Car fee: $12.00
Registrar: Mike Yuan, email mjyuan@gmail.com
Registration Period: March 17th - March 26th

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Linnaean Society of New York
Saturday, March 28, 2015 (rain date March 29)
Early Spring Birding in the Greenbelt, Staten Island
Leader: Howard Fischer
Registrar: Judy Rabi – jsrabi@verizon.net or 917-658-1832
Registration opens: Monday, March 16
Ride: $20

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Littoral Society
Saturday, March 28, 2015, 10:00am - 01:00pm
Early Spring Bird Walk!
Join the American Littoral Society at Jamaica Bay Wildlife Refuge for a hike around the ponds and gardens to look for egrets, ibis, osprey, and other early returning species.
Location : Jamaica Bay Wildlife Refuge
Contact : To RSVP: Call (718) 474-0896, or e-mail donriepe@gmail.com

**********

New York Botanical Garden (Bronx)
Saturday, March 28, 2014
Debbie Becker leads a free bird walk at the Garden every Saturday from 11 a.m. to 12:30 p.m. beginning at the Reflecting Pool in the Leon Levy Visitor Center

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New York City Audubon Society
Saturday, March 28, 2015, 10am – 1pm
Early Spring Migrants at Jamaica Bay
Guides: Don Riepe With Gateway National Recreation Area
Meet at the Jamaica Bay Wildlife Refuge Visitor Center. Hike around the East and West Ponds and gardens to look for returning ibis, egrets, oystercatchers, phoebes, and other migrants. There will be a digital slide program before the hike.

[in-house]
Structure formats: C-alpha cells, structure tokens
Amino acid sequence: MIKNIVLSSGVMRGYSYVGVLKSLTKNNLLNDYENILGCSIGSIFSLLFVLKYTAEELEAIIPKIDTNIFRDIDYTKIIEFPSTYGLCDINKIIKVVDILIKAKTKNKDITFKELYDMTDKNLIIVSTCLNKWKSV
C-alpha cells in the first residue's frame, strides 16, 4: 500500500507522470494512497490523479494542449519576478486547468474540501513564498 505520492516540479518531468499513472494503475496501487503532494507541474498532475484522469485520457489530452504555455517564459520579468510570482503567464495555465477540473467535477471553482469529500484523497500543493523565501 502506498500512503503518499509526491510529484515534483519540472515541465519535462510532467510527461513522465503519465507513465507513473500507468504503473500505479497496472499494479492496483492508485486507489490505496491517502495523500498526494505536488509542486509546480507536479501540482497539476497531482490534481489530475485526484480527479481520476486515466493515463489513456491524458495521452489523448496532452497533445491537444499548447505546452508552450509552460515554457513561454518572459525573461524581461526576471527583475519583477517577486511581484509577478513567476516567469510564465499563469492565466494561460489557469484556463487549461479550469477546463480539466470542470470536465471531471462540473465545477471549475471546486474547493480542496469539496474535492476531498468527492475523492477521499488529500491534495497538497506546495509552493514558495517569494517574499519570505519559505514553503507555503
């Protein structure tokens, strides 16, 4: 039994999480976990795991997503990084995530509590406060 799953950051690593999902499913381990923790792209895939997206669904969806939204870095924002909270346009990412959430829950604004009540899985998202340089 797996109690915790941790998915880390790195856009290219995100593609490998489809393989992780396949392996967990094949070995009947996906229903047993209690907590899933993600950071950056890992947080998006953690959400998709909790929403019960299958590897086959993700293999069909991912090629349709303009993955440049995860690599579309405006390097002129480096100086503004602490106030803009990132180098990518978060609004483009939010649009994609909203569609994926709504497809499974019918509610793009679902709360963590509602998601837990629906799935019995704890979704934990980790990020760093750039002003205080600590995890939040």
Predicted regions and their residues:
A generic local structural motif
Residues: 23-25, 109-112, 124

To register, contact Don Riepe at 917-371-8577 or donriepe@gmail.com. Limited to 25. Free

Saturday, March 28, 2015, 5:00pm – 9:30pm
The Sky-Dance of the Woodcock
Guide: Gabriel Willow
The American Woodcock is a remarkable bird: it is in the sandpiper family but lives in woodlands, often far from beaches. The male performs an incredible crepuscular aerial display and song early in the spring, soon after the snow melts in the northern US. There are a few places around NYC where they perform this display. Let's go look for it (and bats and owls and other critters, too) at Floyd Bennett Field!
Bring binoculars, comfortable shoes, a headlamp or flashlight, and a snack for a post-woodcock picnic. Transport by passenger van included. Limited to12. $90 (63)
Click here to register

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North Shore Audubon Society
Saturday, March 28, 2015
Alley Pond Environmental Center
Leader: Trudy Horowitz 718-224-8432

Walks are for beginners and experienced birders alike.
Weather permitting, walks start at 9:30 AM unless indicated by ***, in which case, the walk will start at 6:30 am on BIG Day.
If in doubt, please call the trip leader.
Please note: all phone numbers are area code 516 unless otherwise indicated.
In most cases, the contacts are also leaders for the respective walks.
Go to our website at http://northshoreaudubon.org/for directions.